What is a French drain? Depending on your location, you may also hear this humble gravel- or rock-filled trench referred to as:
- Agricultural drain
- Blind drain
- Drain tile
- French ditch
- Land drain
- Perimeter drain
- Rock drain
- Rubble drain
- Sub-soil drain
- Sub-surface drain
- Weeping tile
Each of those terms refers to the same style of drain. If you’re still left wondering “What is a French drain?”, All will be revealed below.
What Is A French Drain?
In its simplest terms, a French drain is a usually-shallow trench, with a perforated hollow pipe (or pipes) set at its lowest point, that’s been refilled with gravel or rock.
The purpose of a French drain is seldom, if ever, to route wastewater away from its source to a point of disposal. Downpipes, sewers and other enclosed conduits take care of that function. Rather, French drains redirect surface water and groundwater, keeping it away from areas where it could do damage.
Water that’s passing over the surface, or moving through the earth, is interrupted by the trench. Instead of progressing toward the structure or installation protected by the French drain, that water then seeps downward, through the gravel or rock, until it enters the perforated hollow pipe(s). That ducting then routes the collected water away from the site where it might do damage, terminating it in a safe location.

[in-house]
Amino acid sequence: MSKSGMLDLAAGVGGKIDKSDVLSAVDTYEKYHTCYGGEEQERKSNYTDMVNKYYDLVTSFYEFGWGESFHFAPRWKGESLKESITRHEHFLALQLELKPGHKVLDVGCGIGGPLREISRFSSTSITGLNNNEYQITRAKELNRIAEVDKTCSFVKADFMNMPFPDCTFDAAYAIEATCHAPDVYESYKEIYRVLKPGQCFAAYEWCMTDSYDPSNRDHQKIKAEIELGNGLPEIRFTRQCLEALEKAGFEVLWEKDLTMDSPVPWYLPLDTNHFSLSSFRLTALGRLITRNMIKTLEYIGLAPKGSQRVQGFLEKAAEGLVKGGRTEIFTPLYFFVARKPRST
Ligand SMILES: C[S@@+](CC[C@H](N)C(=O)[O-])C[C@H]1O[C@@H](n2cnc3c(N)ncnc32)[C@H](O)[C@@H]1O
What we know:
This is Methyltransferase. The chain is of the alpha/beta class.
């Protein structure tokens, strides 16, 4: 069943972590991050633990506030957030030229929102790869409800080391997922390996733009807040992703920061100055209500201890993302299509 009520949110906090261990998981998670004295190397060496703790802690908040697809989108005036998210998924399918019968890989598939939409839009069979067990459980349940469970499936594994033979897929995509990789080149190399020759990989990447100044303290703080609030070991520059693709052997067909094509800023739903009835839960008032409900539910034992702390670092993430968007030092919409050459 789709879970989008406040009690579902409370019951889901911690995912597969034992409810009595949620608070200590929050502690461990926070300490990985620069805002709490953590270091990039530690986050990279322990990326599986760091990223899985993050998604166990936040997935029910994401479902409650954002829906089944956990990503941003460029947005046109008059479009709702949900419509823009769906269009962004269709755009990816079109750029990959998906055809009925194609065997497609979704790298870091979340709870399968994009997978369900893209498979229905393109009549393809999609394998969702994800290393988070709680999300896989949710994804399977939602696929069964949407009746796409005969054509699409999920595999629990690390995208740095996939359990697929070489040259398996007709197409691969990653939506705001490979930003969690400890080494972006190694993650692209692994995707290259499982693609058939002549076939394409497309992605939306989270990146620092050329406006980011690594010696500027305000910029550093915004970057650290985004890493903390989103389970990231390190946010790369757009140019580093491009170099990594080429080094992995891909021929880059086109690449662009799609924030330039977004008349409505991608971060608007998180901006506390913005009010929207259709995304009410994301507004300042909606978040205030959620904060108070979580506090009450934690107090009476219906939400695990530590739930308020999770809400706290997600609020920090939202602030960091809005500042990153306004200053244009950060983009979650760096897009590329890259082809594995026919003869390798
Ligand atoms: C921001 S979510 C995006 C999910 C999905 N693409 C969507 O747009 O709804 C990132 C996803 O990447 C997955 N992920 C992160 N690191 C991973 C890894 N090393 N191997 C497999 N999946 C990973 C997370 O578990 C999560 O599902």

As with most things, the simplest solution is usually the best; French drains have no moving parts to wear out, no automated assemblies to maintain, and cause no obstructions to the surface traffic going on above them.
French drains are most commonly used to exclude ground and surface water from damage-prone building foundations, or actively penetrating sub-surface voids (basements, parking structures and below-grade accommodations of all sorts). The same logic is applied to French drains used to protect retaining walls from excessive ground water pressure.
A very similar system is used to distribute run-off water generated by, or sent to, septic drain fields. In this application, the French drain may be at the system outlet, channeling away the purified water, or may be an integral part of the drain field itself, routing water around the arrangement and allowing it to gradually leach away.
In answer to the construction industry’s cry for ever simpler installations, that cost less in terms of time and inconvenience, the original French drain principle has been incorporated in pre-engineered systems that eliminate any need for infill.
With these designs, perforated pipes are sold already surrounded with a lighter-weight gravel/rock substitute wrapped around them. An outer skin of filter fabric also serves to hold the entire assembly together until it’s sited within the trench.
It should be noted that the words “virtually faultless” were used for a reason. What is a French drain fail-point? They can – and do – clog up, becoming progressively less effective with age and regular use. For all your Toronto-area drain and sewer cleaning and replacement services, including video camera damage and blockage location, one call to ExpressRooter Plumbing does it all.
What is a French drain? It’s our area of expertise. You’ll find direct local numbers here for our East, Central and West GTA offices, along with our Burlington, Hamilton, Mississauga, and Oakville locations; or you can email us at email@example.com.